Besides my academic work, I have been involved in peace and justice activism and advocacy at the local and international levels. In the past, I have been: a counselor/advocate for a domestic violence shelter in Long Beach, California; an intern with the Centro de Derechos Humanos Fray Bartolomé de las Casas in San Cristobal de las Casas, Chiapas, Mexico, where I ran women’s human rights workshops and helped write and translate the Centro’s reports; an educator and fundraiser for international peace organizations; a community organizer and political advocate for California legislative initiatives, such as the reform of the California Three Strikes Law, a death penalty moratorium, and opposition to a California constitutional amendment precluding marriage rights to same sex couples. In the Women’s International League for Peace and Freedom (WILPF), I served as US Representative to the International Board and member of the US Section from 2011 to 2014, and as International Vice President from 2015 to 2018. I am currently the convener of WILPF’s Standing Personnel Committee and President of the Board of WILPF UNO, Inc.


  • B.S., Università degli Studi di Firenze
  • M.A., University of Notre Dame
  • Ph.D., University of Southern California

Current and upcoming courses

  • Truth Commissions (TCs) have been a mechanism to uncover, document, and recognize human rights violations and to honor victims at moments of transition from dictatorships to democracies, and from wars to post-war contexts. TCs vary in their mandates, composition, and tasks, and have mixed records of success, despite the frequently high expectations. They often stand as acts of reparation, catalysts of larger processes of peacebuilding and dignification of victims. In this course, you will join a group of Notre Dame graduate students to study together the conceptual foundations of TCs and learn from different case studies. We will investigate the background and rationale provided for their creation, their mandate and scope, composition and structure, and analyze their work and post-report reception. We will pay attention to issues such as intersectional approaches of gender and ethnicity, the participation of victims and responsible ones, the complementarity of commissions with other forms of transitional justice, and the management and access to their archives. (PEAC 392 and POL3 392 are cross-listed courses.)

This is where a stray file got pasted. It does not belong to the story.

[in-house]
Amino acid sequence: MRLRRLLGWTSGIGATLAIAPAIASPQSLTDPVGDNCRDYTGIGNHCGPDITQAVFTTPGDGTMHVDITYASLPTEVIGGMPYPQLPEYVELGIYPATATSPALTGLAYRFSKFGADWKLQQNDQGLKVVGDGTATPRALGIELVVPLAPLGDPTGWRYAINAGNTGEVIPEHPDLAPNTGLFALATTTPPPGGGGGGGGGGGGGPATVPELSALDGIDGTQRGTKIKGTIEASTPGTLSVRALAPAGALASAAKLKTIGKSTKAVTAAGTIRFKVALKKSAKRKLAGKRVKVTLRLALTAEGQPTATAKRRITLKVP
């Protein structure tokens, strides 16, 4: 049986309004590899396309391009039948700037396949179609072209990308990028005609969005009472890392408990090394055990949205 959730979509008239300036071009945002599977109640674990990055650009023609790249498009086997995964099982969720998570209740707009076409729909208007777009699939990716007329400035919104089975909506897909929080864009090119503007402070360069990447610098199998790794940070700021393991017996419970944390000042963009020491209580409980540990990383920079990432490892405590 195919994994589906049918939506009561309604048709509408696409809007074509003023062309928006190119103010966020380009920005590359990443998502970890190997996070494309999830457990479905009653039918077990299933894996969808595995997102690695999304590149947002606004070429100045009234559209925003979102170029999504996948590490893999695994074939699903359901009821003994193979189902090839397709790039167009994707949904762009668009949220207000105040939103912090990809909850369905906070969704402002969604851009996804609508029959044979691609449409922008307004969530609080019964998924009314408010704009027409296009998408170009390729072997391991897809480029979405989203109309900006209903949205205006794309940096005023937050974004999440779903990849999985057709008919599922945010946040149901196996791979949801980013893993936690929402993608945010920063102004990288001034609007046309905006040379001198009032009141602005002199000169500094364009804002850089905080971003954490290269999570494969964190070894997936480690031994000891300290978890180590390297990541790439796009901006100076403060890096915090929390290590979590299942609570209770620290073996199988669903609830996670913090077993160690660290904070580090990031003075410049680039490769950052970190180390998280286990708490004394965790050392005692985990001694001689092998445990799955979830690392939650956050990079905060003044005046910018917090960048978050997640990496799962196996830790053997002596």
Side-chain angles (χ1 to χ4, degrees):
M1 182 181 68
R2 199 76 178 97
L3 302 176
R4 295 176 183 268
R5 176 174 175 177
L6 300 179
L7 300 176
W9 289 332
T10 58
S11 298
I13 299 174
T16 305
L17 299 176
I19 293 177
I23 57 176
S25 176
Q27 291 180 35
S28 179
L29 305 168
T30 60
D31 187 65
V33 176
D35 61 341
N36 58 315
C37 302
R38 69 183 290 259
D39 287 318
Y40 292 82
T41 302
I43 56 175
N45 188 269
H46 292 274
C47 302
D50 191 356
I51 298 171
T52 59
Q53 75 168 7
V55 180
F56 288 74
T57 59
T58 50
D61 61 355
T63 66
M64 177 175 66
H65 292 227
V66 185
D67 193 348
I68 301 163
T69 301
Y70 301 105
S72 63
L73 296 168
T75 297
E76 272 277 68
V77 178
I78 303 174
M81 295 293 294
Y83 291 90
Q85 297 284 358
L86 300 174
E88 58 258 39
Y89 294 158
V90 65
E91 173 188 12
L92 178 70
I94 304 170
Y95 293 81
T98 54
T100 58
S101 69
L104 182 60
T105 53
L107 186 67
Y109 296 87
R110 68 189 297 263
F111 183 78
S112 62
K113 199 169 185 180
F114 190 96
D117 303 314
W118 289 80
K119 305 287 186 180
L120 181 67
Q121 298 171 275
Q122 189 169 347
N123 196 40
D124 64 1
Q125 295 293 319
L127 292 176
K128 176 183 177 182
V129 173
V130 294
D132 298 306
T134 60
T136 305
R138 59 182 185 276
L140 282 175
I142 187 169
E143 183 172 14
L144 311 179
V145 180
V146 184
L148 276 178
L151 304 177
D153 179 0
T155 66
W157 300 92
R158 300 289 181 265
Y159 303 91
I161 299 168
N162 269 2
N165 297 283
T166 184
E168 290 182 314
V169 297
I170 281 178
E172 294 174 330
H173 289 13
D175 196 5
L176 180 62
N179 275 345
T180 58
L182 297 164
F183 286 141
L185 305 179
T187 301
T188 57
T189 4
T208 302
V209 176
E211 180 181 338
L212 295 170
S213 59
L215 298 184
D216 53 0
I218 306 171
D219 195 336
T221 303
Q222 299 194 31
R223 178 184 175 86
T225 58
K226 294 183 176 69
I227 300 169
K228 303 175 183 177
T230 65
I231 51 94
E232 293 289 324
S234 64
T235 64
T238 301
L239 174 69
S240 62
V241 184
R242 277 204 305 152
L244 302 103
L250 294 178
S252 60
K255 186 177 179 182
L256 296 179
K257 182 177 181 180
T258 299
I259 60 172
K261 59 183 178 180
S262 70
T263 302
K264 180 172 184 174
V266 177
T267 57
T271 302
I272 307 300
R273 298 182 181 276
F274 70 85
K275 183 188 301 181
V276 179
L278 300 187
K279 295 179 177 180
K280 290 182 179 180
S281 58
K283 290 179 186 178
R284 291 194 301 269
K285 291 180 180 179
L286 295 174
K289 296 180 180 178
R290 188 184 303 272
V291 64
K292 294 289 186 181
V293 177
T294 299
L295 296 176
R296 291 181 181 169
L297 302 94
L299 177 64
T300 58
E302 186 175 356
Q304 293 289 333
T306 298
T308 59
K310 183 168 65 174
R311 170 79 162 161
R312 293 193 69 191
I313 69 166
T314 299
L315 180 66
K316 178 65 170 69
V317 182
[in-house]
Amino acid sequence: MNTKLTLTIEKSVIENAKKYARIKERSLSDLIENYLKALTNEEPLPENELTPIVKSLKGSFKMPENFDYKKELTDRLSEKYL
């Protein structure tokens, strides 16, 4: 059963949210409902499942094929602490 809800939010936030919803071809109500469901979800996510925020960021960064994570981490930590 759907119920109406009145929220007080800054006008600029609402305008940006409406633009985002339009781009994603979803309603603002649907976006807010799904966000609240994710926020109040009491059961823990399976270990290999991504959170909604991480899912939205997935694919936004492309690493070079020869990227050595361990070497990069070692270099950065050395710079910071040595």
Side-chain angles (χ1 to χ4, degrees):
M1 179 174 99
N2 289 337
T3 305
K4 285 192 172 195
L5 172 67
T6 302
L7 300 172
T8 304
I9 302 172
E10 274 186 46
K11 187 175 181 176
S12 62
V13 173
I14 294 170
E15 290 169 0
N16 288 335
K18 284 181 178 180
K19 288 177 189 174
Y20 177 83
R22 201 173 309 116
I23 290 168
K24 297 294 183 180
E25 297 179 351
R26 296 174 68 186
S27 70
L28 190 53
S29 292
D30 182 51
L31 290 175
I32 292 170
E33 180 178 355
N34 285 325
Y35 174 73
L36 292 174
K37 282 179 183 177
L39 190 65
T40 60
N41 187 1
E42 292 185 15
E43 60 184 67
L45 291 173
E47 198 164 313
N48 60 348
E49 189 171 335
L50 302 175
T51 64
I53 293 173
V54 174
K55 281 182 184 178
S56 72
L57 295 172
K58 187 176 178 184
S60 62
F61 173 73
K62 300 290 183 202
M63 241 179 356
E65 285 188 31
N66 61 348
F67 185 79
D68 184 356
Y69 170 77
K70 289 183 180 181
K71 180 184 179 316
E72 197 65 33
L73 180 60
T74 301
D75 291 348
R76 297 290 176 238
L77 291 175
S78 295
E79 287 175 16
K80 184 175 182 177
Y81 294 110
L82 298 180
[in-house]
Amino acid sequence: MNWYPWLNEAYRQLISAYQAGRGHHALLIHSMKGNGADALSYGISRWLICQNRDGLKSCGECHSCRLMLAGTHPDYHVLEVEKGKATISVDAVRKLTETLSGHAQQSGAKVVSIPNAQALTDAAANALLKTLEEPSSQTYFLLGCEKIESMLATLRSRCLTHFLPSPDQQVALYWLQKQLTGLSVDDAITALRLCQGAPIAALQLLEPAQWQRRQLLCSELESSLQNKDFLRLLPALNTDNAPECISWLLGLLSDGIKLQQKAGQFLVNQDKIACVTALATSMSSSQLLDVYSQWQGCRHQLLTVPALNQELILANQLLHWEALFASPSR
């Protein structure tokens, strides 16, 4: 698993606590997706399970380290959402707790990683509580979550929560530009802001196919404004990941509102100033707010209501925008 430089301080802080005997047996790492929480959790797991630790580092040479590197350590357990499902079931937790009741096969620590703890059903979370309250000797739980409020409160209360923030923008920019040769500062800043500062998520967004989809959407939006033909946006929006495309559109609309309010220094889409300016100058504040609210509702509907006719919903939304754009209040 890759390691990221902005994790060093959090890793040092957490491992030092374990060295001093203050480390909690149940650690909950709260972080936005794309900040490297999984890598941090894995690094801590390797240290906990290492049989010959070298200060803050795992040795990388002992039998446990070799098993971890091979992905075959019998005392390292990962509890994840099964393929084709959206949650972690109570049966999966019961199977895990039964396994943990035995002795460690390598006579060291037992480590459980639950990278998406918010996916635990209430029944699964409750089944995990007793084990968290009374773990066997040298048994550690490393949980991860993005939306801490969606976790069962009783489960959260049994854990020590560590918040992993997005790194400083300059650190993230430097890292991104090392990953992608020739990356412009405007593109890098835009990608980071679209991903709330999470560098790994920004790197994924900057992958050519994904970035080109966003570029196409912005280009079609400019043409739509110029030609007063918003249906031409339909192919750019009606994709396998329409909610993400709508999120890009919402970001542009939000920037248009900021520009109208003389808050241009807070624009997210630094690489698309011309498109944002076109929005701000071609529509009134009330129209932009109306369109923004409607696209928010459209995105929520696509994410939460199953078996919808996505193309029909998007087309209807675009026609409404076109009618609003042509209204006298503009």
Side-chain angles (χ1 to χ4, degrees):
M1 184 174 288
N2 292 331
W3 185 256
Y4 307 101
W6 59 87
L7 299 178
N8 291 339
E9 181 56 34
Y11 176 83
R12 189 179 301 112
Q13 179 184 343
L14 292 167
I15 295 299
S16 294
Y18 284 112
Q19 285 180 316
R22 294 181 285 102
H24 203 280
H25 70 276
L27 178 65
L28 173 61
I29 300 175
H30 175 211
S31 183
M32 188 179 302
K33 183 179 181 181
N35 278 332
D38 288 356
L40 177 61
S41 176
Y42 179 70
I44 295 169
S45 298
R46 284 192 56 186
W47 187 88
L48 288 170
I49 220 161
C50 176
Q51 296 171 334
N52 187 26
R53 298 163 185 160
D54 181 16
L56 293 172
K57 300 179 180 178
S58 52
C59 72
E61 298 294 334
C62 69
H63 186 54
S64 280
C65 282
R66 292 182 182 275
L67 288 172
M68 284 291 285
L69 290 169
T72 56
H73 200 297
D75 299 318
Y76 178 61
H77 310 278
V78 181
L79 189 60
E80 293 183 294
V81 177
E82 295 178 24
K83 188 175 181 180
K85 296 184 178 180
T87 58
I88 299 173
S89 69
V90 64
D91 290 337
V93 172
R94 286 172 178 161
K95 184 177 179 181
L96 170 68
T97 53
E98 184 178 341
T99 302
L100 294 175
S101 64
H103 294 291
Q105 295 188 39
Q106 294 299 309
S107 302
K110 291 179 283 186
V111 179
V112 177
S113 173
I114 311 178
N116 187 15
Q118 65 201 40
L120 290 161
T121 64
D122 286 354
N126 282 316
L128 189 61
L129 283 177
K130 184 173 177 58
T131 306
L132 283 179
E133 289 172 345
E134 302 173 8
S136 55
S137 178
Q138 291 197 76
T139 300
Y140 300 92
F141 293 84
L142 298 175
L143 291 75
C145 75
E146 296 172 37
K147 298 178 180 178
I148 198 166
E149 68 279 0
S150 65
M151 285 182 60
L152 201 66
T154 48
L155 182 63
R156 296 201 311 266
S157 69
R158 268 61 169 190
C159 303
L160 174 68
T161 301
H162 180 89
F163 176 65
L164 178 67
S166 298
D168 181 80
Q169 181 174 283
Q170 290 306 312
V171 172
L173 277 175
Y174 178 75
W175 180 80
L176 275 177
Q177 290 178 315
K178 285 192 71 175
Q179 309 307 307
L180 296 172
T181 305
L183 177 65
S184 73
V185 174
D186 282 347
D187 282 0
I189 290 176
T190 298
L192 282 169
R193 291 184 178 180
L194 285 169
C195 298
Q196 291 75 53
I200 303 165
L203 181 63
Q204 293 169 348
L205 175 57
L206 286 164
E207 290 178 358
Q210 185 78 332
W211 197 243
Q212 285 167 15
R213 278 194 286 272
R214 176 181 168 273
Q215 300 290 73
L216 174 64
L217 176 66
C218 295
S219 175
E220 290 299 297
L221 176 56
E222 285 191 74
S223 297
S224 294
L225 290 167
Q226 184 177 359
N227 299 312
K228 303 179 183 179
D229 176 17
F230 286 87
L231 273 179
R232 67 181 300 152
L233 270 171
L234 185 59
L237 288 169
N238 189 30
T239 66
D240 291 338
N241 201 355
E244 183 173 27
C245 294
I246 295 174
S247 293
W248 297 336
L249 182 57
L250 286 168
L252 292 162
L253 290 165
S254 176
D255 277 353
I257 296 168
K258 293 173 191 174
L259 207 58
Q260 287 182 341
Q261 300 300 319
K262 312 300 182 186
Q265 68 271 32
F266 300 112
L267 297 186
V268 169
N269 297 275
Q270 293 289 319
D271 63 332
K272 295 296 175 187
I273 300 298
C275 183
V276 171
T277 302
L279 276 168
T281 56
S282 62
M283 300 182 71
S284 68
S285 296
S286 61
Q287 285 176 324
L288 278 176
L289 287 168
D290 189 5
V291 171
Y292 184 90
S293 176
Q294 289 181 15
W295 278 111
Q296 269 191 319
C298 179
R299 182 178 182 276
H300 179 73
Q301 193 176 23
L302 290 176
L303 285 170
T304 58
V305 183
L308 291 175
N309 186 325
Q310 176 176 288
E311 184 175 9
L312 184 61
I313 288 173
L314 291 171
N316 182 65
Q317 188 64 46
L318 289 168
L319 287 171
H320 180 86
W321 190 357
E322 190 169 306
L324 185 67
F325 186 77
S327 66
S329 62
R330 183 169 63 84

• This course provides the student with an in-depth study of conflict and its resolution. We will explore the basic theoretical concepts of the field and apply this knowledge as we learn and practice skills for analyzing and resolving conflicts. The course seeks to answer the following questions at both the theoretical level and the level of engaged action: What are the causes and consequences of conflict? How do we come to know and understand conflict? How do our assumptions about conflict affect our strategies for management, resolution, or transformation? What methods are available for waging and resolving conflicts productively rather than destructively?
  • An interdisciplinary introduction to the study of conflict, justice, and peace. The course engages students in developing an analytical and theoretical framework for examining the dynamics of conflict, violence, and injustice and the strategies that have been employed to attain peace and justice, including balance of power, cooperation, diplomacy and conflict resolution, law, human rights, social movements, social justice (economic, environmental, and race/class/gender), interpersonal communication, and religiously inspired social transformation.